Yeezy’s Executive Design Director: Steven Smith, The Iconoclastic Godfather of Sneakers

Steven Smith is recognized around the globe as an influencer with unparalleled talent and an iconoclastic spirit. For over three decades, his pioneering designs bring a genius to sneaker culture that has disrupted the history of an entire genre of fashion. He is known for engineering futuristic designs for brands including Nike, Reebok, New Balance FILA and Yeezy.

One of Reebok’s best selling shoes, the Smith-designed Reebok Instapump Fury, released in 1994, became a cultural sensation and is exhibited at both the Smithsonian and London Museum of Art. Smith’s iconic New Balance 574 model has also been a huge success for the brand and has never gone out of production since it was brought to market in 1989.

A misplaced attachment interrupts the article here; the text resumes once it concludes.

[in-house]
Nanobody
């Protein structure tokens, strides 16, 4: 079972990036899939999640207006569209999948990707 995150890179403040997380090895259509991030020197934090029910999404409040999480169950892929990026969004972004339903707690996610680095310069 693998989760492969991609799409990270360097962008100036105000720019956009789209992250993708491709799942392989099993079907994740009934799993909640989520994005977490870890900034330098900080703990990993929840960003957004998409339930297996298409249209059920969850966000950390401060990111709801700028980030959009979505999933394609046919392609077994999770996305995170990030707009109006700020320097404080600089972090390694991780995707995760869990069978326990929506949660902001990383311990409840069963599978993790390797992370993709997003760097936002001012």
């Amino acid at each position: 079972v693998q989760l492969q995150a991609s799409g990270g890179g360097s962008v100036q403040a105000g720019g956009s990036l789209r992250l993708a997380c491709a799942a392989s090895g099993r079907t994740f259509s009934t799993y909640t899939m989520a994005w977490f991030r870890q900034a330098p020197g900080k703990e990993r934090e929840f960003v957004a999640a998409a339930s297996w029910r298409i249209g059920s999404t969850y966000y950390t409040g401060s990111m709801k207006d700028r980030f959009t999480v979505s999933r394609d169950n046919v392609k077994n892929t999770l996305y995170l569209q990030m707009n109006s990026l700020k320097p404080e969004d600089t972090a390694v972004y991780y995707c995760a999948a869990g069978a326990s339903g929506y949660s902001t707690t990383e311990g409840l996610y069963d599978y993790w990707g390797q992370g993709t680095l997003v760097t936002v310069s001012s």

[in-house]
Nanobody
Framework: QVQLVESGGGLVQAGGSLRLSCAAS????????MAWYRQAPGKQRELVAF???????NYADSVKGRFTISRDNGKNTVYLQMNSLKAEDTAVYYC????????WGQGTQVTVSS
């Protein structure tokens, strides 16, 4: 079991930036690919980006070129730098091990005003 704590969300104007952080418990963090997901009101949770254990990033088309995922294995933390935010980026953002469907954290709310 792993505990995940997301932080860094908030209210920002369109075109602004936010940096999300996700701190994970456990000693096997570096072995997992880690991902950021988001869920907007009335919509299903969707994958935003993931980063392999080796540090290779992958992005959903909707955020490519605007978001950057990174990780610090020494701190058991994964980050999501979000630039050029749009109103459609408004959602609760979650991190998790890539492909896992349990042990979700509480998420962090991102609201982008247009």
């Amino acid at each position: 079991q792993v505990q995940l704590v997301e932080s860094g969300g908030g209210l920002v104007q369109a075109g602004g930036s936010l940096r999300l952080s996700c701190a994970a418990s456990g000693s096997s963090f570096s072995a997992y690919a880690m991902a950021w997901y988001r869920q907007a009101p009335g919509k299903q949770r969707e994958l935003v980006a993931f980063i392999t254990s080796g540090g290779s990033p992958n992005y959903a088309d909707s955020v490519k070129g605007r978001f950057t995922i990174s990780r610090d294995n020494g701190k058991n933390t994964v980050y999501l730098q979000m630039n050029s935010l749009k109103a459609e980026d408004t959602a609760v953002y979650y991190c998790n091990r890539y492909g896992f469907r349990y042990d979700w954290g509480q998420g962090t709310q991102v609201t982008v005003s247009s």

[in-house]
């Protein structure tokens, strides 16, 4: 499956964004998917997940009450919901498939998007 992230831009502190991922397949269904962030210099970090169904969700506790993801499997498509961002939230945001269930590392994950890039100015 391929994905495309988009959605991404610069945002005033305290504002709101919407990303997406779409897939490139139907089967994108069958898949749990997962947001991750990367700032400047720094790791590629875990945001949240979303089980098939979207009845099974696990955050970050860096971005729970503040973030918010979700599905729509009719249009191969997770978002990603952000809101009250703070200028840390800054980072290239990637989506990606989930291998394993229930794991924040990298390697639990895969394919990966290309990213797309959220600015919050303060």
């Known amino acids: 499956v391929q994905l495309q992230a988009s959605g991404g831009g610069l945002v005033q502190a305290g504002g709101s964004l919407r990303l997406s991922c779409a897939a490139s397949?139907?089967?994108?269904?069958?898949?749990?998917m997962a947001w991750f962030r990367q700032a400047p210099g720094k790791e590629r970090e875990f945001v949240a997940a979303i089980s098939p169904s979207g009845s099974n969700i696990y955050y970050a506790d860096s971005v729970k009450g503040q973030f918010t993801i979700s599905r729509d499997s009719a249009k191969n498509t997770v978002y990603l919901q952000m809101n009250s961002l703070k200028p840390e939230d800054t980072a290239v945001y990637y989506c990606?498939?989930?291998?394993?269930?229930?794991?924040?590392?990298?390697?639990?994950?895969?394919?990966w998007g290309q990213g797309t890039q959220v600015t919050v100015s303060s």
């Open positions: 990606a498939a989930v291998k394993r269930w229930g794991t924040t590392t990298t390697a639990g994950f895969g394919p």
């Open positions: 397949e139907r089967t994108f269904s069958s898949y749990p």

In only a few years while working with Kanye West at YEEZY as Executive Design Director, he has catapulted the Adidas collaboration into nothing less than a multi-billion dollar empire––with latest designs known to sell out in less than 30 seconds. Smith, a graduate of the Massachusetts College of Art and Design, didn’t plan to specialize in sneakers at the start of his career and yet, here he is, designing for some of the most symbolic brands in the sneaker industry.